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Do Lamy, Kaweco Feel The Chinese Breathing In Their Necks?

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#21 EdT

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Posted 15 April 2014 - 18:11

Right now I am advising Chinese pen companies to come out with a flex pen comparable to the Noodler's Ahab, one of the main problems is that Chinese pen companies and retailers do not know what western fountain pen users want !



#22 EdT

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Posted 15 April 2014 - 18:16

Why assume anything else?? Do you have any evidence that Kaweco's are assembled in China? I checked the paperwork with the pen and it states that the pens are assembled in Nuremburg with the nibs coming from Bock in Heidelberg. The web site also shows this with the only notable exception that the precision pencil mechanisms are supplied by Japan.  

 

 

If the nib is made in Germany and is the most expensive part of the pen,  they may use the "Made in Germany" moniker even if the rest of the pen was made elsewhere !
We used to import products from China,  but the box and printing was produced locally which was the most expensive component and we were able to use the Made in USA and Made in Canada moniker !



#23 KBeezie

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Posted 16 April 2014 - 01:41

EU laws with regards to when a company can claim made in "x" are a bit looser than US standards. So I would not assume it was made in Germany just because of that. But I'm not saying it is not either.

could have been "assembled" in Germany. 



#24 WilsonCQB1911

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Posted 16 April 2014 - 05:53

could have been "assembled" in Germany. 

 

Right.  I think that may be enough to be able to stamp Germany on something.  At least according to EU laws.

 

Once again, not saying that Kaweco is made anywhere else but Germany.  Just trying to keep an open mind and have a dialogue.  My personal belief/opinion is that they have to be made outside of Germany in order to keep their prices as low as they are.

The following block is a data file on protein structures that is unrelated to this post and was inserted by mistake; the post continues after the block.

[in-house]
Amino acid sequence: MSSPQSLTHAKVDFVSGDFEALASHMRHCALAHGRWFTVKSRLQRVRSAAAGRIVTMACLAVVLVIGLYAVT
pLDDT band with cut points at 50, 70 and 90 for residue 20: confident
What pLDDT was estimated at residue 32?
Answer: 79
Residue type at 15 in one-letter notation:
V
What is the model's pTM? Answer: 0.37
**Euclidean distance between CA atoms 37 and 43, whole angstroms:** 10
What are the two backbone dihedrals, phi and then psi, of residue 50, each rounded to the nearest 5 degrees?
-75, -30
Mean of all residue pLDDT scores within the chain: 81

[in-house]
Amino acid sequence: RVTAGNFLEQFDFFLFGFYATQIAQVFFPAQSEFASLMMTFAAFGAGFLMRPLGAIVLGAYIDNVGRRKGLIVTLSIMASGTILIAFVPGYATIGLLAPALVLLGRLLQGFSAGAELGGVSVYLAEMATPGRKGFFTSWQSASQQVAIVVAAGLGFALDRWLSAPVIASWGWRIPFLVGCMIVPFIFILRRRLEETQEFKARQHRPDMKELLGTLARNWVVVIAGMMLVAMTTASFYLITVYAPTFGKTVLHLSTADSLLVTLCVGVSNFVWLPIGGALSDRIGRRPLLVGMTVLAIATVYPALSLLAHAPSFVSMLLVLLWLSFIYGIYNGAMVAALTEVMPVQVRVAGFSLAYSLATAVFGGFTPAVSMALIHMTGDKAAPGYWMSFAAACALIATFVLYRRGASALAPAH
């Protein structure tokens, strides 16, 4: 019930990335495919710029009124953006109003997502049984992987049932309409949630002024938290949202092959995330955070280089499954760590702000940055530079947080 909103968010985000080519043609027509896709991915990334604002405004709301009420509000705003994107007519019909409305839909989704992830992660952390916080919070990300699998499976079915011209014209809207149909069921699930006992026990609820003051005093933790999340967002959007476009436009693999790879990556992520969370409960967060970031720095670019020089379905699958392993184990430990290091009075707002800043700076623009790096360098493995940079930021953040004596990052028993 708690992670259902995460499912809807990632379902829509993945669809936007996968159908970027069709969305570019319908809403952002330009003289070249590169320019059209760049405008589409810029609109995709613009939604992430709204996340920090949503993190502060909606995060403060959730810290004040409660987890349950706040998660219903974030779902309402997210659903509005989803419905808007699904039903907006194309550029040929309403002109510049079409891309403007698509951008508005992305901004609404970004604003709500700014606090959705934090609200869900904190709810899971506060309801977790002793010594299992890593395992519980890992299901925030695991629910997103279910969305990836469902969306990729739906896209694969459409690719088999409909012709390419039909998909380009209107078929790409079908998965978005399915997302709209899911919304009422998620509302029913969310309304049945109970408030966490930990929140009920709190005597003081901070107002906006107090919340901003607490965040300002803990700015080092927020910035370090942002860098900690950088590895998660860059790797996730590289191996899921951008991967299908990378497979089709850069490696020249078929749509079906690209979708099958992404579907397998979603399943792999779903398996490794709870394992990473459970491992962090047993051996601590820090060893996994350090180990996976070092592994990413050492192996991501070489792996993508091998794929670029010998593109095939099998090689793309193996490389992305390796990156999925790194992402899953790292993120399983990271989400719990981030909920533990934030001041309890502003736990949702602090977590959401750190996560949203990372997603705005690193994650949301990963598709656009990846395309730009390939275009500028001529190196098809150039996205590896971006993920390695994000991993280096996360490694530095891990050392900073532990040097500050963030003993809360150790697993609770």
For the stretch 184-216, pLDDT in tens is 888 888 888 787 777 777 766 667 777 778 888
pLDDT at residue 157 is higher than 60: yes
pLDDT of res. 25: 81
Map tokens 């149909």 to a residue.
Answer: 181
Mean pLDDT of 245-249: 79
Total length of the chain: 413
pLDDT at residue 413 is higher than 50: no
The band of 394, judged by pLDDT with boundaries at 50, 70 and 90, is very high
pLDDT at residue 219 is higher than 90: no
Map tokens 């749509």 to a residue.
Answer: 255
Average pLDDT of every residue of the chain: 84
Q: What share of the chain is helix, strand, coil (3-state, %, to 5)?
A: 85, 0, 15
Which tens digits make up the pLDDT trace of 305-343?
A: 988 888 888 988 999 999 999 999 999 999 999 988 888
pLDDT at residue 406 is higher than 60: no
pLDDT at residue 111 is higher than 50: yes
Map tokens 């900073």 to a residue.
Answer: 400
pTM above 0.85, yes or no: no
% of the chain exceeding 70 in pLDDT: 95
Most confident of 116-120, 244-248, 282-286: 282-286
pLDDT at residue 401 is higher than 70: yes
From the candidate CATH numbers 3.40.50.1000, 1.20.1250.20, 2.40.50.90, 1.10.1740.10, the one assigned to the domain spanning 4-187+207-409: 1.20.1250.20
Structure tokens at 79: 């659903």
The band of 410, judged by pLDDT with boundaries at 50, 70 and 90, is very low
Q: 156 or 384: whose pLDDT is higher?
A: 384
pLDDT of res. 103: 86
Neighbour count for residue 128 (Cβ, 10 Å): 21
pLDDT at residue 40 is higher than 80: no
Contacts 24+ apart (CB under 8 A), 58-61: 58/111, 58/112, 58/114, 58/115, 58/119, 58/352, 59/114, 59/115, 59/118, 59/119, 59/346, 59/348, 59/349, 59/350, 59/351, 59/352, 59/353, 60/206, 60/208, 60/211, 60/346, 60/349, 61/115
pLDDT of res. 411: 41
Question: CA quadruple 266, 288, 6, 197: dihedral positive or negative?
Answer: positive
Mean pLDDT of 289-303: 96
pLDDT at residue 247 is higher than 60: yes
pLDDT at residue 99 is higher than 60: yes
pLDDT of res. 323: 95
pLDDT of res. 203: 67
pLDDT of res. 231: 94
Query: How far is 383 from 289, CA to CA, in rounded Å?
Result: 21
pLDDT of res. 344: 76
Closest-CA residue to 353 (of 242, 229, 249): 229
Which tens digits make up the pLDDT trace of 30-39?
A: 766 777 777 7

#25 KBeezie

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Posted 16 April 2014 - 07:34

 

Right.  I think that may be enough to be able to stamp Germany on something.  At least according to EU laws.

 

Once again, not saying that Kaweco is made anywhere else but Germany.  Just trying to keep an open mind and have a dialogue.  My personal belief/opinion is that they have to be made outside of Germany in order to keep their prices as low as they are.  

 

Course assembled or made or otherwise, I assume that regardless people come to expect a certain quality of the product, even if they originally source them from say China, Taiwan, Malaysia, etc. 

 

Some of the Chinese sellers *can* be accommodating, but it's more or less a gamble in the minds of most people. 



#26 Morbus Curiositas

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Posted 16 April 2014 - 11:58



EU laws with regards to when a company can claim made in "x" are a bit looser than US standards. So I would not assume it was made in Germany just because of that. But I'm not saying it is not either.

  

Why assume anything else?? Do you have any evidence that Kaweco's are assembled in China? I checked the paperwork with the pen and it states that the pens are assembled in Nuremburg with the nibs coming from Bock in Heidelberg. The web site also shows this with the only notable exception that the precision pencil mechanisms are supplied by Japan.

  

could have been "assembled" in Germany.

  

Right.  I think that may be enough to be able to stamp Germany on something.  At least according to EU laws.